WSRA example: surface wave state#

During EUREC⁴A/ATOMIC the P-3 flew with a Wide Swath Radar Altimeter (WSRA), a digital beam-forming radar altimeter operating at 16 GHz in the Ku band. It generates 80 narrow beams spread over 30 deg to produce a topographic map of the sea surface waves and their backscattered power. These measurements allow for continuous reporting of directional ocean wave spectra and quantities derived from this including significant wave height, sea surface mean square slope, and the height, wavelength, and direction of propagation of primary and secondary wave fields. WSRA measurements are processed by the private company ProSensing, which designed and built the instrument.

The WSRA also produces rainfall rate estimates from path-integrated attenuation but we won’t look at those here.

The data are available through the EUREC⁴A intake catalog.

import xarray as xr
import numpy as np

import matplotlib.pyplot as plt["./mplstyle/book"])
import colorcet as cc
%matplotlib inline

import eurec4a
cat = eurec4a.get_intake_catalog(use_ipfs="QmahMN2wgPauHYkkiTGoG2TpPBmj3p5FoYJAq9uE9iXT9N")

Mapping takes quite some setup. Maybe we’ll encapsulate this later but for now we repeat code in each notebook.

import matplotlib.ticker as mticker

import as ccrs
from   cartopy.feature import LAND
from   cartopy.mpl.gridliner import LONGITUDE_FORMATTER, LATITUDE_FORMATTER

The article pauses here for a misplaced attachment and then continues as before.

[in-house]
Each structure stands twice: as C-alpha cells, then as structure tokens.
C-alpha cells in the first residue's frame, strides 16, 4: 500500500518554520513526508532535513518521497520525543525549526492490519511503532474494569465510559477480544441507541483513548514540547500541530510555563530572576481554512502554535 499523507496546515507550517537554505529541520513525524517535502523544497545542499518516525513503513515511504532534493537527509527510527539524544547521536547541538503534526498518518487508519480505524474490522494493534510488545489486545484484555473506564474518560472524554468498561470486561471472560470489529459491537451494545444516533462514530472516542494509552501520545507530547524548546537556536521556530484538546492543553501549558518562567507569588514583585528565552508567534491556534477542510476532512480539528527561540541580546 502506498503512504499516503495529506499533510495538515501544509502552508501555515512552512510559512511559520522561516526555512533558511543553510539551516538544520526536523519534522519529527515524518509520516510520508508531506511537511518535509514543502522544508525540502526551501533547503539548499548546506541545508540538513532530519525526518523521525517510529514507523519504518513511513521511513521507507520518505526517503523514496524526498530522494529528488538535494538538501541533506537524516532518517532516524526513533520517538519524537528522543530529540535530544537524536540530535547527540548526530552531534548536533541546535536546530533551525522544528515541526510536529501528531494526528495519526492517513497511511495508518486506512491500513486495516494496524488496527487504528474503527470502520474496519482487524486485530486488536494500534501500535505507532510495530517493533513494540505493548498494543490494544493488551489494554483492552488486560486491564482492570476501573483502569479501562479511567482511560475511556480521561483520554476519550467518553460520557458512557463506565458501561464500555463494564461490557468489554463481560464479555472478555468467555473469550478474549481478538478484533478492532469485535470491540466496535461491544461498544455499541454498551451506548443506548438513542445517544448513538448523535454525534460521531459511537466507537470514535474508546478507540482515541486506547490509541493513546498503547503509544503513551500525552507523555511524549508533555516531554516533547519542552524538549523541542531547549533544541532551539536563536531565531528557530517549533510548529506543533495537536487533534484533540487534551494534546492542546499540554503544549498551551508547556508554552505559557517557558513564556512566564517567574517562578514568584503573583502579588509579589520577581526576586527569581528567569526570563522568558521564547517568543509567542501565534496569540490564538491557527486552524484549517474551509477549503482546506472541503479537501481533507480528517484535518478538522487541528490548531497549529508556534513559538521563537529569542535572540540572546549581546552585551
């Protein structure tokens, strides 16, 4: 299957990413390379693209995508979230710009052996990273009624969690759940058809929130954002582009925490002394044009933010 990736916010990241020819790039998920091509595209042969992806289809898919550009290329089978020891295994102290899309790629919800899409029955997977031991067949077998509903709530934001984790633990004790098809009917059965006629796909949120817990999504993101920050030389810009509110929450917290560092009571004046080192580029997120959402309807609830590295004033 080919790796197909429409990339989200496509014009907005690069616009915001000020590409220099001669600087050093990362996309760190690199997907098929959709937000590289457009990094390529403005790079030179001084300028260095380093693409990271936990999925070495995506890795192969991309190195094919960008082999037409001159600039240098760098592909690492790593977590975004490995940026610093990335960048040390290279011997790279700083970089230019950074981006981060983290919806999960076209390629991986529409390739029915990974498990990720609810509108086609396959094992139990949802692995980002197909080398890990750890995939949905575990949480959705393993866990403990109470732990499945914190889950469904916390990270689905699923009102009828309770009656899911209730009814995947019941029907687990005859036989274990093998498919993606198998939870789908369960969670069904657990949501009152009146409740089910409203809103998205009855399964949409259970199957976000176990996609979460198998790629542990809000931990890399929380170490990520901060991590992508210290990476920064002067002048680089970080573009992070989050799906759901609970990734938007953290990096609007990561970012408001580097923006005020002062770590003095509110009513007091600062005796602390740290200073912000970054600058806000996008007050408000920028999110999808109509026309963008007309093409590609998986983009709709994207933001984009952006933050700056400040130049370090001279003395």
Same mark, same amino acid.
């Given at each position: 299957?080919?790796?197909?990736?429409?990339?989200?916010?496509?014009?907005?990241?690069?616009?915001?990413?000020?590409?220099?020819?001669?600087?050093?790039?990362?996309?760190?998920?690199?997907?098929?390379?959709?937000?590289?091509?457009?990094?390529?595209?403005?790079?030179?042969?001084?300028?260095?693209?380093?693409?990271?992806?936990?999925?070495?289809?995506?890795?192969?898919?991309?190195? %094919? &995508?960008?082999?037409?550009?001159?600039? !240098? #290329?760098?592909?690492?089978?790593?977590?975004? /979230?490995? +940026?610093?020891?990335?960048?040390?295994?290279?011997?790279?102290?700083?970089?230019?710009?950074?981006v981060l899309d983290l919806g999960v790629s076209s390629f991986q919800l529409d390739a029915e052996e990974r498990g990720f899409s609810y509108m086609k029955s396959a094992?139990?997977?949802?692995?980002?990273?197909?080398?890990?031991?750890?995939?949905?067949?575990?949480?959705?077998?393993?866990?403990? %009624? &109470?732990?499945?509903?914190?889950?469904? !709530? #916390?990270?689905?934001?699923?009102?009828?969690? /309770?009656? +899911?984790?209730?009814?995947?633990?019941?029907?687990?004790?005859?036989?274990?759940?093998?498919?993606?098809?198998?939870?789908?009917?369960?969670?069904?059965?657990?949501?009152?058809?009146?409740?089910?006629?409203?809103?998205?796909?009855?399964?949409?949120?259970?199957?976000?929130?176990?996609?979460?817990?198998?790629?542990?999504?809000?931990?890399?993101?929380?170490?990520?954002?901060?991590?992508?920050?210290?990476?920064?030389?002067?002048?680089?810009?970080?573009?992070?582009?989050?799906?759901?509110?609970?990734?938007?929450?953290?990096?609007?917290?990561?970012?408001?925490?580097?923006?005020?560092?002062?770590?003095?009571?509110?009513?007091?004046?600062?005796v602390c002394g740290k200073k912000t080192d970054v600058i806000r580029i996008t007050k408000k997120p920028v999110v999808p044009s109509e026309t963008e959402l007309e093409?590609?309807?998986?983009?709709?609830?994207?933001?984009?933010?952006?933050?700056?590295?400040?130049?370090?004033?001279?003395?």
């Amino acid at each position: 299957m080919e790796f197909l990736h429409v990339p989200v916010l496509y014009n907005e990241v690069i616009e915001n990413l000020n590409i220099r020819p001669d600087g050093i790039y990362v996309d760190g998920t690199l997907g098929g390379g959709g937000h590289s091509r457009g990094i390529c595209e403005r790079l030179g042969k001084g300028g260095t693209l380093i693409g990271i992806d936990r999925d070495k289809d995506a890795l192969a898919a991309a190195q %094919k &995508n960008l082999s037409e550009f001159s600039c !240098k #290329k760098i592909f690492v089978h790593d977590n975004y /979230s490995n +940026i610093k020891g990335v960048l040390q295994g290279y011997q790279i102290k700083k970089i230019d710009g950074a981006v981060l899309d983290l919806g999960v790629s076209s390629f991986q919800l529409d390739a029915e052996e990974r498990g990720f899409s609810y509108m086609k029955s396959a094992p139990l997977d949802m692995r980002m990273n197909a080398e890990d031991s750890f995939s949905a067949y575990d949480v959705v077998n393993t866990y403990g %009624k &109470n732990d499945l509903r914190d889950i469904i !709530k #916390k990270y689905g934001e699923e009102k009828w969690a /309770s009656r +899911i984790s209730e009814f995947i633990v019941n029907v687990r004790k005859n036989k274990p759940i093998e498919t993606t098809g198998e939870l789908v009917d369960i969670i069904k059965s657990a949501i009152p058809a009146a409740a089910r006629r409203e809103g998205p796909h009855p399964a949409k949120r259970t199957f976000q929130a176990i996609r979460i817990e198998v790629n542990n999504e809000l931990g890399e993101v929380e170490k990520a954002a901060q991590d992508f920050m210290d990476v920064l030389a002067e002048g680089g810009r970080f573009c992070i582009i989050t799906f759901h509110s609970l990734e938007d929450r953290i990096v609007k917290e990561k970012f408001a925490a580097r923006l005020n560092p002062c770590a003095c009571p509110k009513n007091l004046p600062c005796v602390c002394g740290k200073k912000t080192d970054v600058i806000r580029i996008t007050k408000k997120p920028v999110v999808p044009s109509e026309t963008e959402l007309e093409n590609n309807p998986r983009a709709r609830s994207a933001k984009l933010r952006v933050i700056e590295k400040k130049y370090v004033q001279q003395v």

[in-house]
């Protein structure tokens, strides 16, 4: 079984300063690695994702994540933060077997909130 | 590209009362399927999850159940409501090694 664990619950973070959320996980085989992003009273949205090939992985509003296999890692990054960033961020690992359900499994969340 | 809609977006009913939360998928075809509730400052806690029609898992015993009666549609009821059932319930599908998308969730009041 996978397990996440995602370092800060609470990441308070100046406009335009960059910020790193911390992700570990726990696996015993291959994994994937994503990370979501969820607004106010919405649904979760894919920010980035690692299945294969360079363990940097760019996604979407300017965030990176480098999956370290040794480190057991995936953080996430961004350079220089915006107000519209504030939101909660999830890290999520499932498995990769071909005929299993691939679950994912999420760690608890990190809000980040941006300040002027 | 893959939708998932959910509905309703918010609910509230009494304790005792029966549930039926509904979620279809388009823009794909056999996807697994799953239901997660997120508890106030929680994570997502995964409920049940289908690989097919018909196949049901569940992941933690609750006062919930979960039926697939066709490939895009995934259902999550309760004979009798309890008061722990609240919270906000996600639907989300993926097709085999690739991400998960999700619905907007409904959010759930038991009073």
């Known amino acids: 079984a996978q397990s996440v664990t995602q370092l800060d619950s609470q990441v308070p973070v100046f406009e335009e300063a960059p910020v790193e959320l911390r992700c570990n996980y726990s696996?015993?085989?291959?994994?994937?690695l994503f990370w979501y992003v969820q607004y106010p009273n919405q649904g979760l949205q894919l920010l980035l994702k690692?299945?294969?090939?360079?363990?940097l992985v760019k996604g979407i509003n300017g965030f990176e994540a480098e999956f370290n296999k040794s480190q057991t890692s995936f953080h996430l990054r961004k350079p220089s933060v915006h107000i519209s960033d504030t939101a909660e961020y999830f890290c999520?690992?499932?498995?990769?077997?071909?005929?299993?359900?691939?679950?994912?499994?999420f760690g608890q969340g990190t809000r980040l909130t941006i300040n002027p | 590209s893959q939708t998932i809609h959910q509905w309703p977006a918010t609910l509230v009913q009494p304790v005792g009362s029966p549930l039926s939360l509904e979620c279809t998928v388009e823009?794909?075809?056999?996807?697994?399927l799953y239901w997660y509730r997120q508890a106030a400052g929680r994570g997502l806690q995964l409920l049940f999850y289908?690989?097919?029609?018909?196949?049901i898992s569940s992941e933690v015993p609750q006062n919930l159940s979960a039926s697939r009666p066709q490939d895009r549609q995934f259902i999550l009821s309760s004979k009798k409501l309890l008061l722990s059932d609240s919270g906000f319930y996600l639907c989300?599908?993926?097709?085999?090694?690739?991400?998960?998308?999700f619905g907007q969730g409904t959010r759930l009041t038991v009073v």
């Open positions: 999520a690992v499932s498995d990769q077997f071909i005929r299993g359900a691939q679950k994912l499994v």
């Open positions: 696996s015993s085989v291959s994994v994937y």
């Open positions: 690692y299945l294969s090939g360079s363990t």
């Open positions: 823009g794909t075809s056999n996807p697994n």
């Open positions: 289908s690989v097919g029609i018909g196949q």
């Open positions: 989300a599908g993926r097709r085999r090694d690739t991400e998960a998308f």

def ax_to_map(ax, lon_w = -60.5, lon_e = -49, lat_s = 10, lat_n = 16.5):
    # Defining boundaries of the plot
    ax.set_extent([lon_w,lon_e,lat_s,lat_n]) # lon west, lon east, lat south, lat north

def set_up_map(plt, lon_w = -60.5, lon_e = -49, lat_s = 10, lat_n = 16.5):
    ax = plt.axes(projection=ccrs.PlateCarree())
    ax_to_map(ax, lon_w, lon_e, lat_s, lat_n)

def add_gridlines(ax):
    # Assigning axes ticks
    xticks = np.arange(-65,0,2.5)
    yticks = np.arange(0,25,2.5)
    gl = ax.gridlines(crs=ccrs.PlateCarree(), draw_labels=True, linewidth=1,
                      color='black', alpha=0.5, linestyle='dotted')
    gl.xlocator = mticker.FixedLocator(xticks)
    gl.ylocator = mticker.FixedLocator(yticks)
    gl.xformatter = LONGITUDE_FORMATTER
    gl.yformatter = LATITUDE_FORMATTER
    gl.xlabel_style = {'size': 10, 'color': 'k'}
    gl.ylabel_style = {'size': 10, 'color': 'k'}
    gl.right_labels = False
    gl.bottom_labels = False
    gl.xlabel = {'Latitude'}

We’ll select an hour’s worth of observations from a single flight day. WSRA data are stored as “trajectories” - discrete times with associated positions and observations.

wsra_example = cat.P3.wsra["P3-0119"].to_dask().sel(trajectory=slice(0,293))

Now it’s interesting to see how the wave slope (top panel) and the wave height (bottom) vary spatially on a given day.

fig, (ax1, ax2) = plt.subplots(nrows=2, sharex = True, figsize = (12,8), 
                               subplot_kw={'projection': ccrs.PlateCarree()})

# Mean square slope
ax_to_map(ax1, lon_e=-50, lon_w=-54.5, lat_s = 13, lat_n = 16)
pts = ax1.scatter(wsra_example.longitude,wsra_example.latitude,
           vmin = 0.02, vmax=0.04,
fig.colorbar(pts, ax=ax1, shrink=0.75, aspect=10, label="Mean Square Slope (rad$^2$)")
# Significant wave height
ax_to_map(ax2, lon_e=-50, lon_w=-54.5, lat_s = 13, lat_n = 16)
pts = ax2.scatter(wsra_example.longitude,wsra_example.latitude,
           vmin = 1, vmax=5,
fig.colorbar(pts, ax=ax2, shrink=0.75, aspect=10, label="Significant Wave Height (m)")
<matplotlib.colorbar.Colorbar at 0x7fdeda746040>